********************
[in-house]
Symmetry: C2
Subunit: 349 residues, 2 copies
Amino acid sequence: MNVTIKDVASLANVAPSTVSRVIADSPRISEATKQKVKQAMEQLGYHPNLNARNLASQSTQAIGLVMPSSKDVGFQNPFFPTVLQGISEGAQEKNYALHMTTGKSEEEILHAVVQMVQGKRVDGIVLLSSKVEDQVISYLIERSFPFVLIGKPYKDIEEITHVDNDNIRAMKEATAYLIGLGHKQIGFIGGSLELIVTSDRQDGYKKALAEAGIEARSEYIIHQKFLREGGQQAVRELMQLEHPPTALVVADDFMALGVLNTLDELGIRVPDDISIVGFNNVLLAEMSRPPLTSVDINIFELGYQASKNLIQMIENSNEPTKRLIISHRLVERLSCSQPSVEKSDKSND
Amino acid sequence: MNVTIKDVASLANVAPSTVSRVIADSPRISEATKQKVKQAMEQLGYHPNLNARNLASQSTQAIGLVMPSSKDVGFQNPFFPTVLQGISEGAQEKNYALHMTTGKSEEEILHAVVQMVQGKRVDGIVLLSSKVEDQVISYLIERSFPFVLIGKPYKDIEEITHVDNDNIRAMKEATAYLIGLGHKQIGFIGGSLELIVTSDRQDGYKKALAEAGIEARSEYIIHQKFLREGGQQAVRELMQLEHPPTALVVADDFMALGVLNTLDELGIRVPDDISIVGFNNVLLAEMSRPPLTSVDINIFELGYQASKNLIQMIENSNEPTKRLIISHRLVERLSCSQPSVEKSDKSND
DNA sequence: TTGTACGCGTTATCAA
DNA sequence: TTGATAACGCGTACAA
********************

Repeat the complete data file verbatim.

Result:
[in-house]
Symmetry: C2
Subunit: 349 residues, 2 copies
Amino acid sequence: MNVTIKDVASLANVAPSTVSRVIADSPRISEATKQKVKQAMEQLGYHPNLNARNLASQSTQAIGLVMPSSKDVGFQNPFFPTVLQGISEGAQEKNYALHMTTGKSEEEILHAVVQMVQGKRVDGIVLLSSKVEDQVISYLIERSFPFVLIGKPYKDIEEITHVDNDNIRAMKEATAYLIGLGHKQIGFIGGSLELIVTSDRQDGYKKALAEAGIEARSEYIIHQKFLREGGQQAVRELMQLEHPPTALVVADDFMALGVLNTLDELGIRVPDDISIVGFNNVLLAEMSRPPLTSVDINIFELGYQASKNLIQMIENSNEPTKRLIISHRLVERLSCSQPSVEKSDKSND
Amino acid sequence: MNVTIKDVASLANVAPSTVSRVIADSPRISEATKQKVKQAMEQLGYHPNLNARNLASQSTQAIGLVMPSSKDVGFQNPFFPTVLQGISEGAQEKNYALHMTTGKSEEEILHAVVQMVQGKRVDGIVLLSSKVEDQVISYLIERSFPFVLIGKPYKDIEEITHVDNDNIRAMKEATAYLIGLGHKQIGFIGGSLELIVTSDRQDGYKKALAEAGIEARSEYIIHQKFLREGGQQAVRELMQLEHPPTALVVADDFMALGVLNTLDELGIRVPDDISIVGFNNVLLAEMSRPPLTSVDINIFELGYQASKNLIQMIENSNEPTKRLIISHRLVERLSCSQPSVEKSDKSND
DNA sequence: TTGTACGCGTTATCAA
DNA sequence: TTGATAACGCGTACAA